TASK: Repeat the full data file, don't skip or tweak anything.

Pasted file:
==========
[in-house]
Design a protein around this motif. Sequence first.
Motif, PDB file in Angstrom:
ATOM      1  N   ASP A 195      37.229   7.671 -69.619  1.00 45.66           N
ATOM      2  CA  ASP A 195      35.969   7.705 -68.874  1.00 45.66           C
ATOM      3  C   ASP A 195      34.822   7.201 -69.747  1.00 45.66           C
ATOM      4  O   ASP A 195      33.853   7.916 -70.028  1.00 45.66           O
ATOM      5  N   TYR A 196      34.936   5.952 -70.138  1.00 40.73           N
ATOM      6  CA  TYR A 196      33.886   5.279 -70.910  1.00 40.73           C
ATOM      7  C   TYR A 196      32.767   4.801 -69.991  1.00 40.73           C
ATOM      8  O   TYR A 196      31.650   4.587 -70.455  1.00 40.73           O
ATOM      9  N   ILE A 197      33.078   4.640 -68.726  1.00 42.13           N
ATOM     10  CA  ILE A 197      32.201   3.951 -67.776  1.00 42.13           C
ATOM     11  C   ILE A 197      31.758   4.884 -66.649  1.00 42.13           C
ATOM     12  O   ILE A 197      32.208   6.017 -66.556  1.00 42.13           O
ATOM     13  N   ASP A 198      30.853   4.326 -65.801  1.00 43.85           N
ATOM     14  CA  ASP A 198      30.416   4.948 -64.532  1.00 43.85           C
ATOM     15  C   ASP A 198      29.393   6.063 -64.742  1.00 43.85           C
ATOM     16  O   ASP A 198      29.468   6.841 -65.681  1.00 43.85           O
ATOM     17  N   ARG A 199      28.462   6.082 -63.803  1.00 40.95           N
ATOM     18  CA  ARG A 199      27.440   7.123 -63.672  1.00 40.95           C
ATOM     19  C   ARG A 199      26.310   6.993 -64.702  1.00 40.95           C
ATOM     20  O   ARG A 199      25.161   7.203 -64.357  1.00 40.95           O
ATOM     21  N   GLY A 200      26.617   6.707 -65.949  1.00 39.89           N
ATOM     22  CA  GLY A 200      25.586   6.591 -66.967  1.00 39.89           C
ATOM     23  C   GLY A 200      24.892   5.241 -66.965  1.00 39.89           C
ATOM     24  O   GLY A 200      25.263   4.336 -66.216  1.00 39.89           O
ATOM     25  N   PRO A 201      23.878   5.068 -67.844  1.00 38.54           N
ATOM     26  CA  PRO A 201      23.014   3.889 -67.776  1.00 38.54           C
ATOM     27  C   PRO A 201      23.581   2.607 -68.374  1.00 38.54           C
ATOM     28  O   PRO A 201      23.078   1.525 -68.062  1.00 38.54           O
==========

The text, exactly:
[in-house]
Design a protein around this motif. Sequence first.
Motif, PDB file in Angstrom:
ATOM      1  N   ASP A 195      37.229   7.671 -69.619  1.00 45.66           N
ATOM      2  CA  ASP A 195      35.969   7.705 -68.874  1.00 45.66           C
ATOM      3  C   ASP A 195      34.822   7.201 -69.747  1.00 45.66           C
ATOM      4  O   ASP A 195      33.853   7.916 -70.028  1.00 45.66           O
ATOM      5  N   TYR A 196      34.936   5.952 -70.138  1.00 40.73           N
ATOM      6  CA  TYR A 196      33.886   5.279 -70.910  1.00 40.73           C
ATOM      7  C   TYR A 196      32.767   4.801 -69.991  1.00 40.73           C
ATOM      8  O   TYR A 196      31.650   4.587 -70.455  1.00 40.73           O
ATOM      9  N   ILE A 197      33.078   4.640 -68.726  1.00 42.13           N
ATOM     10  CA  ILE A 197      32.201   3.951 -67.776  1.00 42.13           C
ATOM     11  C   ILE A 197      31.758   4.884 -66.649  1.00 42.13           C
ATOM     12  O   ILE A 197      32.208   6.017 -66.556  1.00 42.13           O
ATOM     13  N   ASP A 198      30.853   4.326 -65.801  1.00 43.85           N
ATOM     14  CA  ASP A 198      30.416   4.948 -64.532  1.00 43.85           C
ATOM     15  C   ASP A 198      29.393   6.063 -64.742  1.00 43.85           C
ATOM     16  O   ASP A 198      29.468   6.841 -65.681  1.00 43.85           O
ATOM     17  N   ARG A 199      28.462   6.082 -63.803  1.00 40.95           N
ATOM     18  CA  ARG A 199      27.440   7.123 -63.672  1.00 40.95           C
ATOM     19  C   ARG A 199      26.310   6.993 -64.702  1.00 40.95           C
ATOM     20  O   ARG A 199      25.161   7.203 -64.357  1.00 40.95           O
ATOM     21  N   GLY A 200      26.617   6.707 -65.949  1.00 39.89           N
ATOM     22  CA  GLY A 200      25.586   6.591 -66.967  1.00 39.89           C
ATOM     23  C   GLY A 200      24.892   5.241 -66.965  1.00 39.89           C
ATOM     24  O   GLY A 200      25.263   4.336 -66.216  1.00 39.89           O
ATOM     25  N   PRO A 201      23.878   5.068 -67.844  1.00 38.54           N
ATOM     26  CA  PRO A 201      23.014   3.889 -67.776  1.00 38.54           C
ATOM     27  C   PRO A 201      23.581   2.607 -68.374  1.00 38.54           C
ATOM     28  O   PRO A 201      23.078   1.525 -68.062  1.00 38.54           O